Owyhee River and a New Book

I just went on my first river trip.  My first camping trip.  My first road trip.  I’m only nine months old so there are a lot of “firsts” happening.

I had no idea where we were going.  All I knew was that the bags were packed, the truck bed was so full you couldn’t see out the back window and Lisa kept looking at the giant book of maps telling Brett where to turn.  I could only assume they’d never been where we were going either.

The road trip was uneventful.  Lots of sleeping, listening to podcast.  Our longest stop was in Salmon, Idaho at the bakery.  If you haven’t been to Odd Fellows Bakery  you need to make that a destination.  Located in an historic building; just park your car and follow your nose.  That’s what I did; but then they wouldn’t take me in, tied me up to the bench outside while they enjoyed croissants, ordered sandwiches, coffees, teas and loafs of bread for the five days of camping.  I kept busy meeting people on the street as they passed by.  Not too many people can resist stopping to pet a friendly, energetic, yellow lab tied up outside of a bakery.

It took all day but we finally arrived at the boat ramp in Rome, Oregon on the Owyhee River.  I didn’t know it until I got out of the truck, but Brett and Lisa had just delivered me to the best place on earth (that I’ve experienced in nine months anyway).  There was a wide, slow moving river for swimming, people to greet and other dogs with whom to play.  I never got tied up; free to roam and swim and run.  And then, to top it all off, Lisa and Brett slept on the ground with me.  I was so excited at the end of the night that I went for a quick swim.  I was soaking wet for the tent so Brett took me for a walk under the stars before bed.  We came back towards the tent and I went for another swim.  Then Brett seemed mad and we went for another walk.  Dog heaven.  I didn’t sleep all night.  I sat up and watched.  There was so much to watch.  Sometimes I’d have to bark, unsure of what was moving in the darkness.  IMG_1574

The next morning was warm and sunny.  I spent the whole morning chasing other dogs and swimming.  But this time I got to try out my new personal floatation device, all the other dogs were wearing theirs too.  There were people all over the boat ramp putting their boats together, blowing up their rafts,  loading coolers, dry boxes, fire pans, groovers and dry bags.  By the time we were ready to go all of the other dogs and most of the people had already left.  I had dug a hole in the dirt and laid down in the cool earth for a much needed nap.   Brett finally called me to load up.  What!?  Do you mean get on that boat?  No.  I’m not too sure about that.  Using the handle on the back of my life jacket he lifted me onto the boat, shoved us off while jumping in too.  Yeah.  This was a bit too unstable for me.  I jumped out.  Once again Brett hauled me back into the boat.  I paced back and forth as much as one can on a 6 1/2 foot wide raft.  Then I saw the birds.  So many birds.  Geese, ducks, hawks, sparrows; constant movement.  And the smells, my nose never stopped twitching taking in all the smells.  It was sensory overload.  I finally had to lay down and take another nap.  I was exhausted.  IMG_1592 (1)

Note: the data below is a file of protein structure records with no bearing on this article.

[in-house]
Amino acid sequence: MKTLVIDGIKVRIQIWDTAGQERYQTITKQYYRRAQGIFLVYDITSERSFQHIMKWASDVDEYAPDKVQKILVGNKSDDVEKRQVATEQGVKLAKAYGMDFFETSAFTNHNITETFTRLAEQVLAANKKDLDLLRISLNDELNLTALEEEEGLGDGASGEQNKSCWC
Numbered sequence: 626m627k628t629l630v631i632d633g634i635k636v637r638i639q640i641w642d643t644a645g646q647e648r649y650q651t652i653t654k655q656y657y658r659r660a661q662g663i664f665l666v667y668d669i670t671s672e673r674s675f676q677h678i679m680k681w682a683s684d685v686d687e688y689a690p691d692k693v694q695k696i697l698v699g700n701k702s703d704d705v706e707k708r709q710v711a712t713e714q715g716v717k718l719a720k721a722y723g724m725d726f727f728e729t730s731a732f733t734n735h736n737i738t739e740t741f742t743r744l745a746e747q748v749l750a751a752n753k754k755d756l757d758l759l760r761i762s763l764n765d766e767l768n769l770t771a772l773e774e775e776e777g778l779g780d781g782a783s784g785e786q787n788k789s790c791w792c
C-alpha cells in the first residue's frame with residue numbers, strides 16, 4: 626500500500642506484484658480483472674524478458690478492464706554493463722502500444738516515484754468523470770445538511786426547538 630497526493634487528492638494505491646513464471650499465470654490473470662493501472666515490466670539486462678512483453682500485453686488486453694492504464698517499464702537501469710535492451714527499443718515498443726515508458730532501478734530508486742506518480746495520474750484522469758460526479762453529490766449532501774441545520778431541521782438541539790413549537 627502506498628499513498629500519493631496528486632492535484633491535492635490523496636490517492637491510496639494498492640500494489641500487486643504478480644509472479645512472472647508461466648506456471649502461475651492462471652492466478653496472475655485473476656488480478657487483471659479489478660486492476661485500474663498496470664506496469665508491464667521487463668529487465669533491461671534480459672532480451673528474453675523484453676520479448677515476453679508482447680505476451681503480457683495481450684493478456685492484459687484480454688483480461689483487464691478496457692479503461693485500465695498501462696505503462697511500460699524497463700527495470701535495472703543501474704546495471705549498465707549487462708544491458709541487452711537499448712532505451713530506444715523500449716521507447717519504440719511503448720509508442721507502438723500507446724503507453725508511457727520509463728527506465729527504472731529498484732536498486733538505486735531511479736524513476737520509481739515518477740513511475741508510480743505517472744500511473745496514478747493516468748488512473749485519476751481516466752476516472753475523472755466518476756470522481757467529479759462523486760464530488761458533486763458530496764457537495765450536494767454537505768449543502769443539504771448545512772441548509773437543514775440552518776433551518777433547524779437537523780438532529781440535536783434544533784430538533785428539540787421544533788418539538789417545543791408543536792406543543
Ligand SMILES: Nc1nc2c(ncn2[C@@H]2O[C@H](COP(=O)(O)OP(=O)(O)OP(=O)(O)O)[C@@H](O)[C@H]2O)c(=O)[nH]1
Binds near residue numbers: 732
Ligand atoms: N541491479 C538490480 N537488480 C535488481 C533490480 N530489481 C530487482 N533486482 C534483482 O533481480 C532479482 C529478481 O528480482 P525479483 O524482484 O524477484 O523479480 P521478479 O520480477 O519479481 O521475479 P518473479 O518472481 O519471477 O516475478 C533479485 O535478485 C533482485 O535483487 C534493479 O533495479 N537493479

We floated and camped for five days.  Sleeping under the blanket of stars, eating by the fire.  The camps were full of fun things to do.  I chased butterflies, chewed on great sticks, napped.  The first night out the wind blew and blew pushing our tent to a constant unnatural angle while whipping it loudly about.  That was my second night in a tent in which I didn’t sleep.  The wind brought in a cold front leaving a chill in the air for the rest of the trip.  Luckily we had sun every day and I have a thick coat of hair.  Lisa wore all of her clothes on the boat unable to stay dry as we paddled through the white water.  The four people in our group huddled around the fire every morning and evening.  After those first two nights I was able to sleep soundly in the tent and by the last day I was so comfortable on the raft that I climbed onto it and napped on Lisa’s river princess seat as Brett loaded the boat with all of our stuff.  IMG_1606

As usual, Lisa read a lot.  She read in the morning after getting the fire and hot water going while everyone else slept, she read before going to sleep, even though her bare hands were freezing and when there was calm water she read on the raft while we floated down the river.  She was reading a suspense novel on the trip.  I’d never seen her read a suspense novel, full of blood and gory details.  “Midnight at the Bright Ideas Book Store” by Matthew Sullivan. Not her kind of book, why was she reading it?  Turns out she is reading the Chapter One Book Club book in which the book club will Skype the author on Saturday May 25 at 11:00 in Hamilton.  Lisa likes hearing authors talk about their work and how they got there, so….she’s reading a suspense novel.  I probably won’t be able to go.  She’s having to rush through it since it’s a 14 day loaner from the Darby Community Library, her favorite library.

Lisa’s book recommendation is not the suspense novel.  She’s recommending  “Eleanor Oliphant is Completely Fine”  I don’t know what it’s about but she sure seemed to enjoy it.  And it came recommended by her daughter Hannah and her reading soul sister Carol.

More great book recommendations and outdoor adventures can be found at Wild About Books.

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